CHARLES LAMB TO JOHN HOWARD PAYNE
February , 1823.
My dear Miss Lamb—I have enclosed for you Mr. Payne’s piece called Grandpapa, which I regret to say is not thought to be of the nature that will suit this theatre; but as there appears to be much merit in it, Mr. Kemble strongly recommends that you should send it to the English Opera House, for which it seems to be excellently adapted. As you have already been kind enough to be our medium of communication with Mr. Payne, I have imposed this trouble upon you; but if you do not like to act for Mr. Payne in the business, and have no means of disposing of the piece, I will forward it to Paris or elsewhere as you think he may prefer.
Very truly yours,
T.R.C.G., 8 Feb. 1823.
Dear P—— We have just received the above, and want your instructions. It strikes me as a very merry little piece, that should be played by very young actors. It strikes me that Miss Clara Fisher would play the boy exactly. She is just such a forward chit. No young man would do it without its appearing absurd, but in a girl’s hands it would have just all the reality that a short dream of an act requires. Then for the sister, if Miss Stevenson that was, were Miss Stevenson and younger, they two would carry it off. I do not know who they have got in that young line, besides Miss C.F., at Drury, nor how you would like Elliston to have it—has he not had it? I am thick with Arnold, but I have always heard that the very slender profits of the English Opera House do not admit of his giving above a trifle, or next to none, for a piece of this kind. Write me what I should do, what you would ask, &c. The music (printed) is returned with the piece, and the French original. Tell Mr. Grattan I thank him for his book, which as far as I have read it is a very companionable one. I have but just received it. It came the same hour with your packet from Cov. Gar., i.e. yester-night late, to my summer residence, where, tell Kenney, the cow is quiet. Love to all at Versailles. Write quickly.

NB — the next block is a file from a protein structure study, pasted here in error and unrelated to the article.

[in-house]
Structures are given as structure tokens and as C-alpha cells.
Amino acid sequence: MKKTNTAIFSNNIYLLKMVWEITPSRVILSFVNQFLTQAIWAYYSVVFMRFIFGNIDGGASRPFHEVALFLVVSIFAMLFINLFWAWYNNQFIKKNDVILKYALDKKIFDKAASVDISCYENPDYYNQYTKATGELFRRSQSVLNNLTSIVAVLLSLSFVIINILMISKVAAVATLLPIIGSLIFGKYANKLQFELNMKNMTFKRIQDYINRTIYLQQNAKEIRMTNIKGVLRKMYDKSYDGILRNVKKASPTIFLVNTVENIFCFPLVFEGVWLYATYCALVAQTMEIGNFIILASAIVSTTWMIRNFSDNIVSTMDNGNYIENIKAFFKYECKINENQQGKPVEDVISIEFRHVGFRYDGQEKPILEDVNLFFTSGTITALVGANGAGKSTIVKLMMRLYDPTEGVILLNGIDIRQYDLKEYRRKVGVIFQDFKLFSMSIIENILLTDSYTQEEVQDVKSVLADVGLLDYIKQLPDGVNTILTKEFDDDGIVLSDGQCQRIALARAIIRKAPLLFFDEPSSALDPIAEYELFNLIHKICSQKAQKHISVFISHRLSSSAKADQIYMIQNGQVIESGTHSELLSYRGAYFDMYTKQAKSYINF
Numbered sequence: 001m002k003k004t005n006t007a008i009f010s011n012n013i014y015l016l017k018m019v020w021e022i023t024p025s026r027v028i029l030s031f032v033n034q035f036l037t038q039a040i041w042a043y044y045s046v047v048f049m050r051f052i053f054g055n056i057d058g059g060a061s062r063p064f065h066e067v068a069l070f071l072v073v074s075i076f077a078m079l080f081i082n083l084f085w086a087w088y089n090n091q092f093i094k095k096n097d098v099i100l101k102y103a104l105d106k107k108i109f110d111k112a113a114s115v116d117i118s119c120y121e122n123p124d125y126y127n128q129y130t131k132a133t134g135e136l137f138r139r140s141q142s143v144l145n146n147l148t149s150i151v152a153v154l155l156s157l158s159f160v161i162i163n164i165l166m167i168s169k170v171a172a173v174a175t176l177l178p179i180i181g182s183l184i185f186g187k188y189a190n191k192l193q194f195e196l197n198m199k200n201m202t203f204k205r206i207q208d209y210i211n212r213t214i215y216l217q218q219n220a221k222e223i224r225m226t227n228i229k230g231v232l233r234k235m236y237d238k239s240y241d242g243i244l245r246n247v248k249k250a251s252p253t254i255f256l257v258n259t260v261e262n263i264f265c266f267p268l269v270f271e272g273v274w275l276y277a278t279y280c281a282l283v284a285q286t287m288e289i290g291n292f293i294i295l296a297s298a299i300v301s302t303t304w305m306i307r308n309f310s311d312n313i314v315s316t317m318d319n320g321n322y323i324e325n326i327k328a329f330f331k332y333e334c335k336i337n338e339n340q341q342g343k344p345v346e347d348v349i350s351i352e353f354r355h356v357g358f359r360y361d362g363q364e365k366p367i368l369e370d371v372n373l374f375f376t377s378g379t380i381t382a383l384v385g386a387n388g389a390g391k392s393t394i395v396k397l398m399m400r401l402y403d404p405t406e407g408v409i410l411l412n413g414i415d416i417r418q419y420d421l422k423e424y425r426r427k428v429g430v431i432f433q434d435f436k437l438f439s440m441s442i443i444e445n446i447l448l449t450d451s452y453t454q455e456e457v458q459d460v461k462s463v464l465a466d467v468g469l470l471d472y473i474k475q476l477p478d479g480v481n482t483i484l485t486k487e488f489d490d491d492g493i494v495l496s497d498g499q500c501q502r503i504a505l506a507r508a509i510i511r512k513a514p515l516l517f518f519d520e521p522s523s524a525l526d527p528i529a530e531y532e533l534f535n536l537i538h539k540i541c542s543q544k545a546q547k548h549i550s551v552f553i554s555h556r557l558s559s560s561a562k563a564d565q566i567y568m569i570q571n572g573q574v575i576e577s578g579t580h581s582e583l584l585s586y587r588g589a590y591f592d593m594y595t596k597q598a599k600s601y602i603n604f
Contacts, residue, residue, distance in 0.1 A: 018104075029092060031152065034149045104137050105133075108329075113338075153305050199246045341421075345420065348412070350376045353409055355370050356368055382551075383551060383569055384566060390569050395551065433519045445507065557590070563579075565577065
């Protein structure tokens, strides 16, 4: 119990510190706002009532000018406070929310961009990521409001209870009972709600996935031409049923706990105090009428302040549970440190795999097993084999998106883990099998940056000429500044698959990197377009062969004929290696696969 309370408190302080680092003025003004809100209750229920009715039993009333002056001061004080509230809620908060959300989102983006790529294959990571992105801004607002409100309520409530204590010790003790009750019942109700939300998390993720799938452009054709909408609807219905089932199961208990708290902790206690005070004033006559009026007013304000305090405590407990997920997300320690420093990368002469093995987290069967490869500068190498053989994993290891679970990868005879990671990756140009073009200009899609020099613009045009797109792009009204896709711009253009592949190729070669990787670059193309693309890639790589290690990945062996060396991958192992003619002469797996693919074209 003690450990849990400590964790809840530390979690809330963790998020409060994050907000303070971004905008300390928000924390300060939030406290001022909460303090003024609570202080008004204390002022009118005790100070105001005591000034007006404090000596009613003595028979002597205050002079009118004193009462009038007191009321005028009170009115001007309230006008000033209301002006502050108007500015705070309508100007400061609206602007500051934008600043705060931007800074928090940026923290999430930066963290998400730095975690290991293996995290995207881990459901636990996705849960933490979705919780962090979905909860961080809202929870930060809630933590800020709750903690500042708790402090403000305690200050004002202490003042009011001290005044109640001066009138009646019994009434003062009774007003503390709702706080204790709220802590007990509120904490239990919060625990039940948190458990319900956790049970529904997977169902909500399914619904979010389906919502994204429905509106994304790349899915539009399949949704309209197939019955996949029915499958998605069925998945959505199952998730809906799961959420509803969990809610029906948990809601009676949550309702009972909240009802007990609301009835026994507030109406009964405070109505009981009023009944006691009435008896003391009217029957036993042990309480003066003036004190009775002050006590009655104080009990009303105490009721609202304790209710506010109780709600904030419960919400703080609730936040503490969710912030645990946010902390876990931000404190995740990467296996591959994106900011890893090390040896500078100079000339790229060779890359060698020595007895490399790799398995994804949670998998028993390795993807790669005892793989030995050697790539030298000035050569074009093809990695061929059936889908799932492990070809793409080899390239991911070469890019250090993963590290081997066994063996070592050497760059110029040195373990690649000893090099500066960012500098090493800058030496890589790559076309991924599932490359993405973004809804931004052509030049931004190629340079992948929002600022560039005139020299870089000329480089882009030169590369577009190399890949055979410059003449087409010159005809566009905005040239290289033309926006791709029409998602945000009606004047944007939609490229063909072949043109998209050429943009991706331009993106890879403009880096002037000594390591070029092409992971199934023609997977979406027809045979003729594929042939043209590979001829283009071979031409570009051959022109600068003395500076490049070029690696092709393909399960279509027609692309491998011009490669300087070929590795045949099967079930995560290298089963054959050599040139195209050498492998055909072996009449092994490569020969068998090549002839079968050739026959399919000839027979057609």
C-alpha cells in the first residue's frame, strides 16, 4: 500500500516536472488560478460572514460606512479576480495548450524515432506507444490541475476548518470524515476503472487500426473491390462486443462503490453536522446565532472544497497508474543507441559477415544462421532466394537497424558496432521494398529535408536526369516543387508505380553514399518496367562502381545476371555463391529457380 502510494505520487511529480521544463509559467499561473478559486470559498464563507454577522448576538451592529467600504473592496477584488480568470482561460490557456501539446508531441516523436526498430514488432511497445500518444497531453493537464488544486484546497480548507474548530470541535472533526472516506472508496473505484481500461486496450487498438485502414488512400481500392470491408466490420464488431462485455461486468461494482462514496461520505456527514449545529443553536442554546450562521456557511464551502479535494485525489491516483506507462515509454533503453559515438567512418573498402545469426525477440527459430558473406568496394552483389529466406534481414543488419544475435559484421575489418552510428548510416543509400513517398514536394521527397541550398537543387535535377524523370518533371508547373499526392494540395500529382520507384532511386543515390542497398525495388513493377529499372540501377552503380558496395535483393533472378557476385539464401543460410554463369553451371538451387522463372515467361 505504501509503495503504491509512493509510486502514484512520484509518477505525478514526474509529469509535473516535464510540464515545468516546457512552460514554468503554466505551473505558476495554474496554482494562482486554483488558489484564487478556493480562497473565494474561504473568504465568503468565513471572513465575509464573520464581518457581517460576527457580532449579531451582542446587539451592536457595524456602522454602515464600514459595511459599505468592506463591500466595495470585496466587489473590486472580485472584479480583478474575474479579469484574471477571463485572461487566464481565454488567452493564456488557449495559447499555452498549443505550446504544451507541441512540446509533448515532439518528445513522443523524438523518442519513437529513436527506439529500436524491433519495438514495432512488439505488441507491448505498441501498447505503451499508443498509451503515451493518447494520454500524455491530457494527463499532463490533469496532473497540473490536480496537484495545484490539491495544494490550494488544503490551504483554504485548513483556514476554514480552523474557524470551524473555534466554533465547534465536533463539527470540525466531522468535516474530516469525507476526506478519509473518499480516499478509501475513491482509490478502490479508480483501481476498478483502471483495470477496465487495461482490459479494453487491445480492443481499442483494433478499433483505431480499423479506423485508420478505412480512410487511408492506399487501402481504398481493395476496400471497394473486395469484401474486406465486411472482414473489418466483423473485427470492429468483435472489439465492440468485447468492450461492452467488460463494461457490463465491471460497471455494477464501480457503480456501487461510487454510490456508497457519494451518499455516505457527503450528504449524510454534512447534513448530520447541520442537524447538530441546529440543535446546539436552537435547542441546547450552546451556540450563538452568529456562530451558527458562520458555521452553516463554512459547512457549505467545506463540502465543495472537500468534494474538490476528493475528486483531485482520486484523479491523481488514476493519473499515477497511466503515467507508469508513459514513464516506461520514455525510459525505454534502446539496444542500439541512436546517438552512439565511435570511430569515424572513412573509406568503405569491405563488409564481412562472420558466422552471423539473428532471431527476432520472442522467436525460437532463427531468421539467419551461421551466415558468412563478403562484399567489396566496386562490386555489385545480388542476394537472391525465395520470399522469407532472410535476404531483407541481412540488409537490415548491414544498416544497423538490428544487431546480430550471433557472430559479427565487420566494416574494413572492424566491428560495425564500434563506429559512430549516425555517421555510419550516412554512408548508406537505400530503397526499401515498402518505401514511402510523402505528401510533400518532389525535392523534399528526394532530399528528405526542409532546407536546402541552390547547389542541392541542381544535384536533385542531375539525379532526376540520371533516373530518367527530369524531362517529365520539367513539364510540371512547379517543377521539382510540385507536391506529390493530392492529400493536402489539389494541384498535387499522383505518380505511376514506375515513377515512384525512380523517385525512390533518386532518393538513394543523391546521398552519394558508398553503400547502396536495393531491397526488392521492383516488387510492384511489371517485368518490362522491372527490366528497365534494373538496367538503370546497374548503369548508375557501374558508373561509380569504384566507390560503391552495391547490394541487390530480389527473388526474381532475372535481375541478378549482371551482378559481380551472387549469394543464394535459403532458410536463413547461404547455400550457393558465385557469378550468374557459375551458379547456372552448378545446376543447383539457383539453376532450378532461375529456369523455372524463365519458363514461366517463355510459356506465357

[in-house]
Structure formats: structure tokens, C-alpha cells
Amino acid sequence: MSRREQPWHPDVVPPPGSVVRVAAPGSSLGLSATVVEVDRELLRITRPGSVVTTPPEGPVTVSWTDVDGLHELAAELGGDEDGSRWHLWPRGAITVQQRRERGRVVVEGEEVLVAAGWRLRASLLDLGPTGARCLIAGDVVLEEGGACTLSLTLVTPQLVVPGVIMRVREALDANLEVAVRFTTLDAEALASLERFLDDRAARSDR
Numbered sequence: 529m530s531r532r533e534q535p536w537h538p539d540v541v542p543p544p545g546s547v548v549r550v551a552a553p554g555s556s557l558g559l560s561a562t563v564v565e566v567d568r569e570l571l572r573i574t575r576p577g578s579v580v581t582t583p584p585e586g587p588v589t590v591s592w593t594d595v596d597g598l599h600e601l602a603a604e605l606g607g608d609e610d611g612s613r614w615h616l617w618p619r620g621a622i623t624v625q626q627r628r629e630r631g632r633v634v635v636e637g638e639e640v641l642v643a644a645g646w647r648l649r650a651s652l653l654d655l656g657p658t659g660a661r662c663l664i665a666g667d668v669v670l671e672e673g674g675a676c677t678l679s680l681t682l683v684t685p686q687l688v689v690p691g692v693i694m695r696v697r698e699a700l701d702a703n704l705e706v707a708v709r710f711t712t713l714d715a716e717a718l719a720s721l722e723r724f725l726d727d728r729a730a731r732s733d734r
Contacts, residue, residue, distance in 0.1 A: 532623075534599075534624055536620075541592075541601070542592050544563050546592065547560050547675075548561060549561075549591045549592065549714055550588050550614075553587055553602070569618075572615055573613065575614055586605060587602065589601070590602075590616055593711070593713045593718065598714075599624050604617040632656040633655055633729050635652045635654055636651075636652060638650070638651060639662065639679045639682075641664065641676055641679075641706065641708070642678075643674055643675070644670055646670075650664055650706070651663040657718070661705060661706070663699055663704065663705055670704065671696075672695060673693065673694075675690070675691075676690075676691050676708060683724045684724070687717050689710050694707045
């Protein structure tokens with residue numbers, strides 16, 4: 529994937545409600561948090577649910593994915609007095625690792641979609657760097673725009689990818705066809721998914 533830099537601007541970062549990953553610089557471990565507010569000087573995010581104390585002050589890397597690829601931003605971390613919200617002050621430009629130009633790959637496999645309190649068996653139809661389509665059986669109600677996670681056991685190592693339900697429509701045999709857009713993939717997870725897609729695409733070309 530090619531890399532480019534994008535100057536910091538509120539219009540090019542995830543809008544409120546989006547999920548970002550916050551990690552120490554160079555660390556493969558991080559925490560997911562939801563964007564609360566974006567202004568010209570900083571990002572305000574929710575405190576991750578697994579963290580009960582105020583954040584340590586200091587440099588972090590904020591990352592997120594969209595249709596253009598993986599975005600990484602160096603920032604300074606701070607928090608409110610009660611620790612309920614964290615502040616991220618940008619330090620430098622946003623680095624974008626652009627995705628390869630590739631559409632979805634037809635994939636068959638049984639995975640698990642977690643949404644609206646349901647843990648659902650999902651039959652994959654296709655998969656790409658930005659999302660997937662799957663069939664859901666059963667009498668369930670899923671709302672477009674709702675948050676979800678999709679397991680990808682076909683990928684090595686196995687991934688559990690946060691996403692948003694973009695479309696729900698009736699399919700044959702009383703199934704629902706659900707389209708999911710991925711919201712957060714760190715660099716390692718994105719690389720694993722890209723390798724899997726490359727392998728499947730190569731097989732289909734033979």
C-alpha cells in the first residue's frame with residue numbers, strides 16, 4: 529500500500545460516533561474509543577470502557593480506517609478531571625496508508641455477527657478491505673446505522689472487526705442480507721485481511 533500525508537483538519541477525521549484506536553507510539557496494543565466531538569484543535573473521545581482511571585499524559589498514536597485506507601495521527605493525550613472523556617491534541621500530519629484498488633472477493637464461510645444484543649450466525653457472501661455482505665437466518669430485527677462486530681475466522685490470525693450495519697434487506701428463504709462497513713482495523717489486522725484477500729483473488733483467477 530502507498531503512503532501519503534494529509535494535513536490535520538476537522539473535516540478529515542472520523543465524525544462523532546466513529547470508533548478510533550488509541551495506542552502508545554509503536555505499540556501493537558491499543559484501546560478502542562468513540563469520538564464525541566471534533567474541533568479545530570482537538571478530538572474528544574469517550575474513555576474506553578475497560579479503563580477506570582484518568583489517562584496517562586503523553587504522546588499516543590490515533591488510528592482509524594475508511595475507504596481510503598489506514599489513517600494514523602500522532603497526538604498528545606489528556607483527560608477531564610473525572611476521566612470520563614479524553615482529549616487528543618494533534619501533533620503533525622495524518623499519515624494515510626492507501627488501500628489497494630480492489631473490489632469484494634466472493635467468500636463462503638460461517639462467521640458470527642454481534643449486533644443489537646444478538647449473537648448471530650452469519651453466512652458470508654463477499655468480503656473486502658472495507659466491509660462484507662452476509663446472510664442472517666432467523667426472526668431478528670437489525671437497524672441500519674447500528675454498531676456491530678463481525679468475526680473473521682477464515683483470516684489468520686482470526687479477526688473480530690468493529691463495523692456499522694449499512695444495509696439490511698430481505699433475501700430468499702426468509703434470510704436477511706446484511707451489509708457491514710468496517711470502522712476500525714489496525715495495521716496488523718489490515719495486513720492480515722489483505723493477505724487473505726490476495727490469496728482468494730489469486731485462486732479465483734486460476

I have no acquaintance with Kemble at all, having only met him once or twice; but any information, &c., I can get from R., who is a good fellow, you may command. I am sorry the rogues are so dilitory, but I distinctly believe they mean to fulfill their engagement. I am sorry you are not here to see to these things. I am a poor man of business, but command me to the short extent of my tether. My sister’s kind remembrance ever.
[The “Grandpapa” was eventually produced at Drury Lane, May 25, 1825, and played thrice. Miss Stevenson was an actress praised by Lamb in The Examiner (see Vol. I. of this edition). C.F. was Clara Fisher, mentioned above.
Samuel James Arnold was manager of the Lyceum, then
known as the English
Opera House; he was the brother of Mrs. William Ayrton, Lamb’s friend.